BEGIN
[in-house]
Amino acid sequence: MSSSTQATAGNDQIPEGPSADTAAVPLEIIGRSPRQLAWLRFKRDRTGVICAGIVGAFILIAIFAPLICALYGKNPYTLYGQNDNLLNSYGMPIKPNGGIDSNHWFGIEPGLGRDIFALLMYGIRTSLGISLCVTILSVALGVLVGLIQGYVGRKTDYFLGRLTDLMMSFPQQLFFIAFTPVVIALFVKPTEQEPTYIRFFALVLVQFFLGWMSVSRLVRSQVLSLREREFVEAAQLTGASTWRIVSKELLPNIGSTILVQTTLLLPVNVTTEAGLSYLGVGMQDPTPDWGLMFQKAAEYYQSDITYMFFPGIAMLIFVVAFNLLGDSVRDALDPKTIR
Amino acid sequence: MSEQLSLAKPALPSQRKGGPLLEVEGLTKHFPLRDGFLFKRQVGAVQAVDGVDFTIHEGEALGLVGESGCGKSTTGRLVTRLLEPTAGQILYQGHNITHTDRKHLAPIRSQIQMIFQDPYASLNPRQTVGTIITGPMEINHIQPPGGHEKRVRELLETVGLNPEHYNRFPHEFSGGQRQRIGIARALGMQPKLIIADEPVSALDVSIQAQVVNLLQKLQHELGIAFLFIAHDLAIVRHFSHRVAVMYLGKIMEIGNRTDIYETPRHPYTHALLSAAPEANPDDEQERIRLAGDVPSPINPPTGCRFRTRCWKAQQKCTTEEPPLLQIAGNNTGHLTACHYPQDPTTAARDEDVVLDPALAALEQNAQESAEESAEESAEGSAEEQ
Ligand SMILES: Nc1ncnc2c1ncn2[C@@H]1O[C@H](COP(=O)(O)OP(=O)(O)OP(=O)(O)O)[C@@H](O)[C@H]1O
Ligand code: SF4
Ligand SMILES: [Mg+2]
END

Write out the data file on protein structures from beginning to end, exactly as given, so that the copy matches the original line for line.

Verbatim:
[in-house]
Amino acid sequence: MSSSTQATAGNDQIPEGPSADTAAVPLEIIGRSPRQLAWLRFKRDRTGVICAGIVGAFILIAIFAPLICALYGKNPYTLYGQNDNLLNSYGMPIKPNGGIDSNHWFGIEPGLGRDIFALLMYGIRTSLGISLCVTILSVALGVLVGLIQGYVGRKTDYFLGRLTDLMMSFPQQLFFIAFTPVVIALFVKPTEQEPTYIRFFALVLVQFFLGWMSVSRLVRSQVLSLREREFVEAAQLTGASTWRIVSKELLPNIGSTILVQTTLLLPVNVTTEAGLSYLGVGMQDPTPDWGLMFQKAAEYYQSDITYMFFPGIAMLIFVVAFNLLGDSVRDALDPKTIR
Amino acid sequence: MSEQLSLAKPALPSQRKGGPLLEVEGLTKHFPLRDGFLFKRQVGAVQAVDGVDFTIHEGEALGLVGESGCGKSTTGRLVTRLLEPTAGQILYQGHNITHTDRKHLAPIRSQIQMIFQDPYASLNPRQTVGTIITGPMEINHIQPPGGHEKRVRELLETVGLNPEHYNRFPHEFSGGQRQRIGIARALGMQPKLIIADEPVSALDVSIQAQVVNLLQKLQHELGIAFLFIAHDLAIVRHFSHRVAVMYLGKIMEIGNRTDIYETPRHPYTHALLSAAPEANPDDEQERIRLAGDVPSPINPPTGCRFRTRCWKAQQKCTTEEPPLLQIAGNNTGHLTACHYPQDPTTAARDEDVVLDPALAALEQNAQESAEESAEESAEGSAEEQ
Ligand SMILES: Nc1ncnc2c1ncn2[C@@H]1O[C@H](COP(=O)(O)OP(=O)(O)OP(=O)(O)O)[C@@H](O)[C@H]1O
Ligand code: SF4
Ligand SMILES: [Mg+2]